Surrealism, French Nouveau Realism, Fluxus and a kind of poetic conceptualism form the heart of "Worlds in a Box", and the show is a great reminder of how anarchic, humorous, accessible - and how essentially European - much of the most radical art from the 1920s to the 1970s actually was. The best works here are like Pandora's box - filled with ulterior meanings. But a great deal of the recent work by younger artists is psychically empty. It's a pity to carp at omissions, but it would have been interesting to have included some "slacker-generation" object-based work by the artists who have shown in Sarah Staton's Supastore installation. These playful, sexy and psychologically thr-eatening pseudo-commodities would have undercut the potential precariousness of the show's concept and would have demonstrated that Fluxus is alive and well in young British art. And where is Joan Brossa, the Catalan grand-master of the object-poem?

There are enough homespun snuff-boxes and portentous gewgaws, knocked up in garden sheds, to give an otherwise excellent show a bad name. Too much, too, could be taken for the wreckage of a school's nature-table: there are an awful lot of trite references to things that flit and crawl. Cornell gives us a glimpse of a pair of long-eared owls; Jir Kolr has built a bird-box, replete with giant egg and decorated with images of our feathered friends. More successfully, Avis Newman allows us to inspect the world from the bird's point of view, through the circular aperture of a nesting-box, suggesting that birds are as much involved in watching us as we are in them. This peep-hole view of the world is, of course, voyeuristic, as the late Marcel Marien's School for Voyeurs ably, and hauntingly, demonstrates. But where surreal wit declines into whimsy (a particular British trait), the tension and drama of the show collapses.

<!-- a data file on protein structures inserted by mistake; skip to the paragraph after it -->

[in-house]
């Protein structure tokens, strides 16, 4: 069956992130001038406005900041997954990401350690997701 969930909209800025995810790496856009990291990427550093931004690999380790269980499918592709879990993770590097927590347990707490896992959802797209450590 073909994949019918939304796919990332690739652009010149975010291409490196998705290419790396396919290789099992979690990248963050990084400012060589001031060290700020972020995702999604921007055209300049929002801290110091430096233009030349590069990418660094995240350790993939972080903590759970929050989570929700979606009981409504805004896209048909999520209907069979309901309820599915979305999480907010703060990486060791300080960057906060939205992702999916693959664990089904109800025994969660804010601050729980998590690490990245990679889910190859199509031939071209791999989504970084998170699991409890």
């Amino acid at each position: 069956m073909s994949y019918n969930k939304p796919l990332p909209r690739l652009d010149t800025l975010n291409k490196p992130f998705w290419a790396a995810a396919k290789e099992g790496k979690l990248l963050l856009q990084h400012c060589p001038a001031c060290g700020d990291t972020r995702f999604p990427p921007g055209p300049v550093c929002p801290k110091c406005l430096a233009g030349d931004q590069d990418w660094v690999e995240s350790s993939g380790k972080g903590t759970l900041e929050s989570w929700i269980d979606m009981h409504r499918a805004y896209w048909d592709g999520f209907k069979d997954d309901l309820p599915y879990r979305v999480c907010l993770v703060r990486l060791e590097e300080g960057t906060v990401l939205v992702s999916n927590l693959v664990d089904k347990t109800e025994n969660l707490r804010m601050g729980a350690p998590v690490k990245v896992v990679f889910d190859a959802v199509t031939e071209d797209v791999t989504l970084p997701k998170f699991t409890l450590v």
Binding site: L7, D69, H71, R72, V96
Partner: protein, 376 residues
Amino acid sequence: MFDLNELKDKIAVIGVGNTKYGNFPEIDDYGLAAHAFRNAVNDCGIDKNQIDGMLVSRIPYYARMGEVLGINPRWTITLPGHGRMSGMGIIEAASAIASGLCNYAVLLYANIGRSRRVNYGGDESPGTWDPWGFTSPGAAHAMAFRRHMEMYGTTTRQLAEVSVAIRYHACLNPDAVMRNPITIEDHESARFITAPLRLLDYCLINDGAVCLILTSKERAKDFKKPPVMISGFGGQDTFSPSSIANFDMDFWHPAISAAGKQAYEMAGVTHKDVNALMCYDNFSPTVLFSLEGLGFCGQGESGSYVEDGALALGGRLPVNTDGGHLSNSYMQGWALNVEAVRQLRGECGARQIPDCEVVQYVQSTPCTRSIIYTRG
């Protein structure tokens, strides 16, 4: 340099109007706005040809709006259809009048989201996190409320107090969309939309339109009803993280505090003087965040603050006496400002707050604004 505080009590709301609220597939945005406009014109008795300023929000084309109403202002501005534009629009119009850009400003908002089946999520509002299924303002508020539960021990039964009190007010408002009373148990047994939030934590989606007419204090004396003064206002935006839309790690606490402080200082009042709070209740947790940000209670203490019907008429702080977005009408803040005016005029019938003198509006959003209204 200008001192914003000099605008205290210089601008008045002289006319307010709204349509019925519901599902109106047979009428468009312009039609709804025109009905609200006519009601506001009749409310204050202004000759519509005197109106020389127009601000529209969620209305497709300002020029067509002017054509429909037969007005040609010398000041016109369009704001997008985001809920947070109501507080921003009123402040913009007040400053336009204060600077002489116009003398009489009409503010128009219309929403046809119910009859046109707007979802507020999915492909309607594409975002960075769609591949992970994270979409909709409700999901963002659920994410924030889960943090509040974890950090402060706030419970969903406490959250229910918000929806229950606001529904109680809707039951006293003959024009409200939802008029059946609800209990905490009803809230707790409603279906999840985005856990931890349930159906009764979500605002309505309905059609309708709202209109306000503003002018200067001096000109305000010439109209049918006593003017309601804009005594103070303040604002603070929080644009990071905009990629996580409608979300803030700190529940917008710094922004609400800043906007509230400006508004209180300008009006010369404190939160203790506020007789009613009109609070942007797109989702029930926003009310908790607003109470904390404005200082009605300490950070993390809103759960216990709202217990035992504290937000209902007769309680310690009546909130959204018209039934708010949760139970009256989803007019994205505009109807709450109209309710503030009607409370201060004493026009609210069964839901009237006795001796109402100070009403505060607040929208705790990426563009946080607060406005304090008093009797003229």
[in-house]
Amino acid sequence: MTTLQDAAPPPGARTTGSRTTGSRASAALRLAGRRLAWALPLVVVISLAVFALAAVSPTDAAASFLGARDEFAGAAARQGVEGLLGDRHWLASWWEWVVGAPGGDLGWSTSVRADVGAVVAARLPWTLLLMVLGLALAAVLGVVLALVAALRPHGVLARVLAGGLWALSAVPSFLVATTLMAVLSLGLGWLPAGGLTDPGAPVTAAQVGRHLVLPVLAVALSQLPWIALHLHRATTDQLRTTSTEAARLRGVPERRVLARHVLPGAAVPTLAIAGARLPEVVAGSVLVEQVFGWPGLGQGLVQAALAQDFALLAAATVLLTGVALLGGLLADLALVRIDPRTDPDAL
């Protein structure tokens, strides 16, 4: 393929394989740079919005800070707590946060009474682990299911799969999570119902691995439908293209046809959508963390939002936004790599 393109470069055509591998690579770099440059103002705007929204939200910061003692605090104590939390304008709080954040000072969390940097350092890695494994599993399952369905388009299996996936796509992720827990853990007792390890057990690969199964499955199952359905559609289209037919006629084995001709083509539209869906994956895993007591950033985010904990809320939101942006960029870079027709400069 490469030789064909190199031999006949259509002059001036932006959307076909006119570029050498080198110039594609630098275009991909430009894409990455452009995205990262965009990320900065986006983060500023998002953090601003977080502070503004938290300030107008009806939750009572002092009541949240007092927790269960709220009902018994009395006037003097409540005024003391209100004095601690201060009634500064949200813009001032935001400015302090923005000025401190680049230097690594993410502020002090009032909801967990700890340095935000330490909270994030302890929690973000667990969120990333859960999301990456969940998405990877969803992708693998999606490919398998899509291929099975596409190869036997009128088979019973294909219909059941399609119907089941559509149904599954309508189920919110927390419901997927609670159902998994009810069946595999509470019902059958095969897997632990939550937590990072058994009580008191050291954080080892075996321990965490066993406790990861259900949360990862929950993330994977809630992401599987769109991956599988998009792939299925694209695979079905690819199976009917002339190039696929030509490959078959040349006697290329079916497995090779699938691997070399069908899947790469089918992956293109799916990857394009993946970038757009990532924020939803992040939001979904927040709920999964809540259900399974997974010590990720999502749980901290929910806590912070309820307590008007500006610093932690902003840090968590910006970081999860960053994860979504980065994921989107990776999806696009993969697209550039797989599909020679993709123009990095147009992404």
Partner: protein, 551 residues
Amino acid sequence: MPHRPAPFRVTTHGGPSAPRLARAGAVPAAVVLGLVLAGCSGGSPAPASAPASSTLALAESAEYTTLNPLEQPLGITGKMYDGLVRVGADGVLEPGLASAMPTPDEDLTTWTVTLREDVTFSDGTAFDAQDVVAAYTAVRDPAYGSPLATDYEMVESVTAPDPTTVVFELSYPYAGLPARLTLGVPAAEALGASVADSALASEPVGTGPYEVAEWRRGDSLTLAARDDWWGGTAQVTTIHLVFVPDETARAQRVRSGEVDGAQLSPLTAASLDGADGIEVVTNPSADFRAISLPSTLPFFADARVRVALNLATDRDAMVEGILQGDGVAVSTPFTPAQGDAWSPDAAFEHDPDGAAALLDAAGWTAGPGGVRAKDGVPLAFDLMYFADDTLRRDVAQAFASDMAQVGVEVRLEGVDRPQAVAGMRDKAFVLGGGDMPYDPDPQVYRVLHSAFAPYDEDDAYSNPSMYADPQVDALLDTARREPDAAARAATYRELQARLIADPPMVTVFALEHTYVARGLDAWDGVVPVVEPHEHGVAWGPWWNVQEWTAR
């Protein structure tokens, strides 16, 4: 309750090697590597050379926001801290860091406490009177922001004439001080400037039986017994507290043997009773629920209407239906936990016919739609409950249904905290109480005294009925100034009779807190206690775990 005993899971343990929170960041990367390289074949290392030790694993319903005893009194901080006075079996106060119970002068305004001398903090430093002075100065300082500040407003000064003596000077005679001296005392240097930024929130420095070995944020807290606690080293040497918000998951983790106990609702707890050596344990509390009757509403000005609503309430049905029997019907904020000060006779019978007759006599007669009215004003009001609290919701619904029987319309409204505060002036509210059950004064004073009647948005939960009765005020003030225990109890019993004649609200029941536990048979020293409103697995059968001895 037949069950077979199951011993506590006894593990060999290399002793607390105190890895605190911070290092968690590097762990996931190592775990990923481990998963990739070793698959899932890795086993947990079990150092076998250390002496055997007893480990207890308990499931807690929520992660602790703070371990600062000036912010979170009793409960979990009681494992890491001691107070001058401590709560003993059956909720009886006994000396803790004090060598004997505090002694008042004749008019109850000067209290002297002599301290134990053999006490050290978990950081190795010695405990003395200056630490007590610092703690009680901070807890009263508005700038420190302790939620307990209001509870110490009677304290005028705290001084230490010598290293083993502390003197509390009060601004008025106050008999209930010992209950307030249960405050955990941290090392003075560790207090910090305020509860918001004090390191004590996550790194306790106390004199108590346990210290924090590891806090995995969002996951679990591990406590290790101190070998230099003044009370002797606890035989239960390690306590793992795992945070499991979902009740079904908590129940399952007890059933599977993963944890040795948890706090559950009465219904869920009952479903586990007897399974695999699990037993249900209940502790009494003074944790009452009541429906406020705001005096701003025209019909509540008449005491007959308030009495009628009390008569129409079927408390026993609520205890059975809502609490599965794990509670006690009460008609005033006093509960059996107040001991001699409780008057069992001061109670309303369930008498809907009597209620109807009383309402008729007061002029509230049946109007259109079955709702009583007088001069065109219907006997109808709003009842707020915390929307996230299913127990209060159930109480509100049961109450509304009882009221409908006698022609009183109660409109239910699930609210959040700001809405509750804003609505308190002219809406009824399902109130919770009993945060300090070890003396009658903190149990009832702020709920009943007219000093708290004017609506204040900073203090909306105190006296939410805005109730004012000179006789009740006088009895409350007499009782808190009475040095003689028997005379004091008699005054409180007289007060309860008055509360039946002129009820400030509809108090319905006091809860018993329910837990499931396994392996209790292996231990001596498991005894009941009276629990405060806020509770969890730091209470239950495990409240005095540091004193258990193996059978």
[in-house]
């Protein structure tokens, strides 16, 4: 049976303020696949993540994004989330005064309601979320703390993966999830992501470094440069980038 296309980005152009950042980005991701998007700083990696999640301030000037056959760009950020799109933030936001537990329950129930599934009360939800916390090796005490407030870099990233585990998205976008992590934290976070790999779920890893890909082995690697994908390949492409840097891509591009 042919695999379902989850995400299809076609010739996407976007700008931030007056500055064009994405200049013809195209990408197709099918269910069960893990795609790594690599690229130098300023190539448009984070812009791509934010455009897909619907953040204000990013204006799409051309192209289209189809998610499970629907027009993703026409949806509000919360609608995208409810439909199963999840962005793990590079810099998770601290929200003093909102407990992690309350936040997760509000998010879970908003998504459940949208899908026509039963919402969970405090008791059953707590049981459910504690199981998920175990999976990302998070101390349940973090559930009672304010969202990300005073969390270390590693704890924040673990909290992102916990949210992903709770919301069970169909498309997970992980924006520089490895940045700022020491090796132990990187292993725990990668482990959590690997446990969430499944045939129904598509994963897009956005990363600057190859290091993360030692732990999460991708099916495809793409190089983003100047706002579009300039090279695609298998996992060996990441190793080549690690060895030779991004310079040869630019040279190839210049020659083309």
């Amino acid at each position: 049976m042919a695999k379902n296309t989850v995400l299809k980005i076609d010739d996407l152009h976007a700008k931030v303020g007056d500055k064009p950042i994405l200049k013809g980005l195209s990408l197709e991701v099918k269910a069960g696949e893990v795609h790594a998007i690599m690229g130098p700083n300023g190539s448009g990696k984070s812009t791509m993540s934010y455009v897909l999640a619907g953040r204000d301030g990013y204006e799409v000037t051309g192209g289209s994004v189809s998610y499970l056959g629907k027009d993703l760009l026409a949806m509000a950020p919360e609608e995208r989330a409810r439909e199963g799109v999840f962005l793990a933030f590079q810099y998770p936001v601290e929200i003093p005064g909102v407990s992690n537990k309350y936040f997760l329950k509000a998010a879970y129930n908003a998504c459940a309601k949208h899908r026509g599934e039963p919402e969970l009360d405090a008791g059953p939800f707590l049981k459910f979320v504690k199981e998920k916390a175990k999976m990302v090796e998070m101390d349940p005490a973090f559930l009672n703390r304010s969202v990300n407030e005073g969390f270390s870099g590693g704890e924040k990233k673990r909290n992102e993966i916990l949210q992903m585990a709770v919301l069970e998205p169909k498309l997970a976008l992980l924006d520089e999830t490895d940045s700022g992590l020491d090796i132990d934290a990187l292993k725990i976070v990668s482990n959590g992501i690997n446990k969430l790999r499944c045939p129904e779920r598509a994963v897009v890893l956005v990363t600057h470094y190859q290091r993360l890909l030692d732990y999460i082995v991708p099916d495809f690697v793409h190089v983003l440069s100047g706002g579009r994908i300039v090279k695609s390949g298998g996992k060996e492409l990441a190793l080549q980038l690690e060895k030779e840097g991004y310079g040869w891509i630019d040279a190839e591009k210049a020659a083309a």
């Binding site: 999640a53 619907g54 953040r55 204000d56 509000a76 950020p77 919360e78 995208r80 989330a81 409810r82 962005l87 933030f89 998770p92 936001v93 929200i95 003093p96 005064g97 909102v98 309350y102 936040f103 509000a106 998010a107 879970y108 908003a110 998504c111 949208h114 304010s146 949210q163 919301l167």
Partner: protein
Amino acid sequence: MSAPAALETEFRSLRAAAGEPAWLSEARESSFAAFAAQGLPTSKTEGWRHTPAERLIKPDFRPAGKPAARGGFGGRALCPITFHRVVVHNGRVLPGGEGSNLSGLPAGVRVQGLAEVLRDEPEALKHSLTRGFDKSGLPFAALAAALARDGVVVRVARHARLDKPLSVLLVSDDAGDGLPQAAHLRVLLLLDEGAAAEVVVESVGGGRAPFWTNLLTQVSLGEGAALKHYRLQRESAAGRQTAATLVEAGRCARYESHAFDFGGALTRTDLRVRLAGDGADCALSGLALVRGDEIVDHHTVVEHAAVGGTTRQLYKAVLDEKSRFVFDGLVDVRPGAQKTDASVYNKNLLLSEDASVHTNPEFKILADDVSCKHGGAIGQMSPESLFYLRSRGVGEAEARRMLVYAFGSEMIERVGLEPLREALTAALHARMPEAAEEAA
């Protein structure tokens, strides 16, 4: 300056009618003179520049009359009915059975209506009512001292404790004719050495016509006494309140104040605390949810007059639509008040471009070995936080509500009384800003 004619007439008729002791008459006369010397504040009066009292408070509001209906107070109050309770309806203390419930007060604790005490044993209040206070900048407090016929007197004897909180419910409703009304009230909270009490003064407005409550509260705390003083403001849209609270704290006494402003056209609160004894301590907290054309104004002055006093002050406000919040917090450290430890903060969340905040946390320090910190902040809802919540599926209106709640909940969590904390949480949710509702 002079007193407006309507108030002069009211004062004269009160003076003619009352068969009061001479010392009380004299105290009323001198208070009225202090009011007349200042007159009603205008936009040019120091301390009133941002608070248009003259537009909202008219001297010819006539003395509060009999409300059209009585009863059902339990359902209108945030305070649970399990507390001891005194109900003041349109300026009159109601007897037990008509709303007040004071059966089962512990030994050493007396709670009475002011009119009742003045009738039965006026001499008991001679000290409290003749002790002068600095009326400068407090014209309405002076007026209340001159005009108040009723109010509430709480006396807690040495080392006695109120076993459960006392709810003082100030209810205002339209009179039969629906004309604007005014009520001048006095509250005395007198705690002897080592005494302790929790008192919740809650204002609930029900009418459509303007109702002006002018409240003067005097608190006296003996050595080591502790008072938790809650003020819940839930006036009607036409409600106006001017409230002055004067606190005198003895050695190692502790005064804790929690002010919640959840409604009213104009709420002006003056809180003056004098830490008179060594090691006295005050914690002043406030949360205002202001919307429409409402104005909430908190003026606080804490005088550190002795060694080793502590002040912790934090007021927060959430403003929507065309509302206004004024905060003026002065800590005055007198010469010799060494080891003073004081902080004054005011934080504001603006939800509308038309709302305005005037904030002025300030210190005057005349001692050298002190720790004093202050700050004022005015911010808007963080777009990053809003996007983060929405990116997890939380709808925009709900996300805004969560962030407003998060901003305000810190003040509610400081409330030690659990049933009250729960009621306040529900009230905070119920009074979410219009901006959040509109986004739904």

While Robert Morris's 1963 untitled cabinet intends to keep us forever locked out - its padlocked lid demands "Leave Key on Hook Inside Cabinet" - the frustration of an exhibition like this is that one can't actually handle works which were intended to be manipulated, unwrapped and opened out. We are not given the opportunity to probe the insides of Japanese Fluxus artist Ay-O's tactile boxes, or open the tins of Cesar's canned polyurethane goo to watch the contents expand and solidify in front of us. The Fluxus movement called for a more democratic, anti-elitist and anti-museological approach to art (Ben Vautier - one of several artists to pursue the arsonist's theme - presents an ordinary box of matches whose cover bears the instruction "to destroy all art") but inevitably met its apotheosis by being enshrined in the museum. This is the fate of all anti-art.

There is only one work in the exhibition that one can actually enter - Lucas Samaras's Room No 3 from 1968. A mirrored cube, it is ornamented inside and out with dangerously spiky pyramids. You have to crawl in on hands and knees, to enter a darkened space filled with fractured, multiple reflections. The vertiginous effect is compelling, but there's a real threat that one might impale oneself. Samaras's room is as much a model of a perilous world as any of the others in this exhibition of dangerous and poetic packages.

n At the Whitechapel Art Gallery, London E1, until 12 Feb. Open 11am-5pm (exc Mon); free.

The exhibition is sponsored by BT